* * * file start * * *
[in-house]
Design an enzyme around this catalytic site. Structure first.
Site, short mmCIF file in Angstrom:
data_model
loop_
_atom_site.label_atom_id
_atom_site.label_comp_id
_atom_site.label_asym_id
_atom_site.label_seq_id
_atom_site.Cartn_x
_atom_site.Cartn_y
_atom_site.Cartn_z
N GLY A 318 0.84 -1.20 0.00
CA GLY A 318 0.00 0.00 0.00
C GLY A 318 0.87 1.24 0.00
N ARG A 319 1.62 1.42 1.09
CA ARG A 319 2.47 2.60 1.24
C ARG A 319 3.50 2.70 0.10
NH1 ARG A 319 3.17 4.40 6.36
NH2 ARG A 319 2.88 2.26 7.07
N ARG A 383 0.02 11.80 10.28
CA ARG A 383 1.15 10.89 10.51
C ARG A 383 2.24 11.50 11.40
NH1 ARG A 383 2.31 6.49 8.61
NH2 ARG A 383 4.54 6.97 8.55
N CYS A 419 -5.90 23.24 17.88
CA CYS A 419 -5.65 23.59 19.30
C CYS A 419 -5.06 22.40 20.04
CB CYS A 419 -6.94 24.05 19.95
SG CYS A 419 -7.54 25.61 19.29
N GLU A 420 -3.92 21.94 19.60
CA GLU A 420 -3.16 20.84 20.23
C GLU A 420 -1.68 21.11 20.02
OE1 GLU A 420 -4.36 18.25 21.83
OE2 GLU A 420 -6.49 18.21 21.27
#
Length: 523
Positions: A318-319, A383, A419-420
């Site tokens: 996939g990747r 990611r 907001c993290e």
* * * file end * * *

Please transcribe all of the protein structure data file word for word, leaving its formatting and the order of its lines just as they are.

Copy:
[in-house]
Design an enzyme around this catalytic site. Structure first.
Site, short mmCIF file in Angstrom:
data_model
loop_
_atom_site.label_atom_id
_atom_site.label_comp_id
_atom_site.label_asym_id
_atom_site.label_seq_id
_atom_site.Cartn_x
_atom_site.Cartn_y
_atom_site.Cartn_z
N GLY A 318 0.84 -1.20 0.00
CA GLY A 318 0.00 0.00 0.00
C GLY A 318 0.87 1.24 0.00
N ARG A 319 1.62 1.42 1.09
CA ARG A 319 2.47 2.60 1.24
C ARG A 319 3.50 2.70 0.10
NH1 ARG A 319 3.17 4.40 6.36
NH2 ARG A 319 2.88 2.26 7.07
N ARG A 383 0.02 11.80 10.28
CA ARG A 383 1.15 10.89 10.51
C ARG A 383 2.24 11.50 11.40
NH1 ARG A 383 2.31 6.49 8.61
NH2 ARG A 383 4.54 6.97 8.55
N CYS A 419 -5.90 23.24 17.88
CA CYS A 419 -5.65 23.59 19.30
C CYS A 419 -5.06 22.40 20.04
CB CYS A 419 -6.94 24.05 19.95
SG CYS A 419 -7.54 25.61 19.29
N GLU A 420 -3.92 21.94 19.60
CA GLU A 420 -3.16 20.84 20.23
C GLU A 420 -1.68 21.11 20.02
OE1 GLU A 420 -4.36 18.25 21.83
OE2 GLU A 420 -6.49 18.21 21.27
#
Length: 523
Positions: A318-319, A383, A419-420
């Site tokens: 996939g990747r 990611r 907001c993290e």